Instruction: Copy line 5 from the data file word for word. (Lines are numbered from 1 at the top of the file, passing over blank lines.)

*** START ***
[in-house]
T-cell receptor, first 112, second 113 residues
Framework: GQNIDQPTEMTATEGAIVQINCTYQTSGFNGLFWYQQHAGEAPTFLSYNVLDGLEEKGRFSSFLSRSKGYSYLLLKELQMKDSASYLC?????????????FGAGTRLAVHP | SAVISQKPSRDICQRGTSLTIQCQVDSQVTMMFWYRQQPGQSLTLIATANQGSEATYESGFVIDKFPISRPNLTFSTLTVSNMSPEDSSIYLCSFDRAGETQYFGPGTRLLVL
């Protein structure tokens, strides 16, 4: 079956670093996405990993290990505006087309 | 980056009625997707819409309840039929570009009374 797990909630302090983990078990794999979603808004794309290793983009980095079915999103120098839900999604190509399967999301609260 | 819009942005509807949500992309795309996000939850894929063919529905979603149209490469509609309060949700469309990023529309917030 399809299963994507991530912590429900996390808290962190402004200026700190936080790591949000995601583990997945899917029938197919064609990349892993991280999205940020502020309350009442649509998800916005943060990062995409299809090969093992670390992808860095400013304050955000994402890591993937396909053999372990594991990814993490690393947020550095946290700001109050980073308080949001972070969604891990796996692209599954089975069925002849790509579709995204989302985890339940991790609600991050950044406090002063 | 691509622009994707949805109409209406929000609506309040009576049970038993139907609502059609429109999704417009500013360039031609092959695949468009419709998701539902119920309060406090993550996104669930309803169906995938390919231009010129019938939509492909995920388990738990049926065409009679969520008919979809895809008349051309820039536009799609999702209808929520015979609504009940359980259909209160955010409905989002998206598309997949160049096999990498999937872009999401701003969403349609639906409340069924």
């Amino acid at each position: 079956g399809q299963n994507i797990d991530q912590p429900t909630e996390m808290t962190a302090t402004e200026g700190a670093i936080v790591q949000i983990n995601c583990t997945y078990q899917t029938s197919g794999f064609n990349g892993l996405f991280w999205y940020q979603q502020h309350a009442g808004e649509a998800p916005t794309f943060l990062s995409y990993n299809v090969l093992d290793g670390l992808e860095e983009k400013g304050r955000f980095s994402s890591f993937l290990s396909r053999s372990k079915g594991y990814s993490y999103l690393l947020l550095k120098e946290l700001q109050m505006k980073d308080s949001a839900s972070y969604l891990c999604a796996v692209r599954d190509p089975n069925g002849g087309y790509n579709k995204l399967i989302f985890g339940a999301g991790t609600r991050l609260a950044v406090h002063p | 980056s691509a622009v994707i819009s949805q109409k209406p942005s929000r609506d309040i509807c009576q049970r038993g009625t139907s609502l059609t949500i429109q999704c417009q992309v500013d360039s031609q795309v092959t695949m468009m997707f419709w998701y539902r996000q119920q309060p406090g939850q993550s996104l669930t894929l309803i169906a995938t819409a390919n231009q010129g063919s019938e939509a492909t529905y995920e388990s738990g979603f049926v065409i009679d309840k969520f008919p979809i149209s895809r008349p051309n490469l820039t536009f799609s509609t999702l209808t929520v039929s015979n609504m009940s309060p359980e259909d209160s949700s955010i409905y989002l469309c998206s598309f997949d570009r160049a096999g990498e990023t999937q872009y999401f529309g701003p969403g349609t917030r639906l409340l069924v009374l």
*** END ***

């Amino acid at each position: 079956g399809q299963n994507i797990d991530q912590p429900t909630e996390m808290t962190a302090t402004e200026g700190a670093i936080v790591q949000i983990n995601c583990t997945y078990q899917t029938s197919g794999f064609n990349g892993l996405f991280w999205y940020q979603q502020h309350a009442g808004e649509a998800p916005t794309f943060l990062s995409y990993n299809v090969l093992d290793g670390l992808e860095e983009k400013g304050r955000f980095s994402s890591f993937l290990s396909r053999s372990k079915g594991y990814s993490y999103l690393l947020l550095k120098e946290l700001q109050m505006k980073d308080s949001a839900s972070y969604l891990c999604a796996v692209r599954d190509p089975n069925g002849g087309y790509n579709k995204l399967i989302f985890g339940a999301g991790t609600r991050l609260a950044v406090h002063p | 980056s691509a622009v994707i819009s949805q109409k209406p942005s929000r609506d309040i509807c009576q049970r038993g009625t139907s609502l059609t949500i429109q999704c417009q992309v500013d360039s031609q795309v092959t695949m468009m997707f419709w998701y539902r996000q119920q309060p406090g939850q993550s996104l669930t894929l309803i169906a995938t819409a390919n231009q010129g063919s019938e939509a492909t529905y995920e388990s738990g979603f049926v065409i009679d309840k969520f008919p979809i149209s895809r008349p051309n490469l820039t536009f799609s509609t999702l209808t929520v039929s015979n609504m009940s309060p359980e259909d209160s949700s955010i409905y989002l469309c998206s598309f997949d570009r160049a096999g990498e990023t999937q872009y999401f529309g701003p969403g349609t917030r639906l409340l069924v009374l």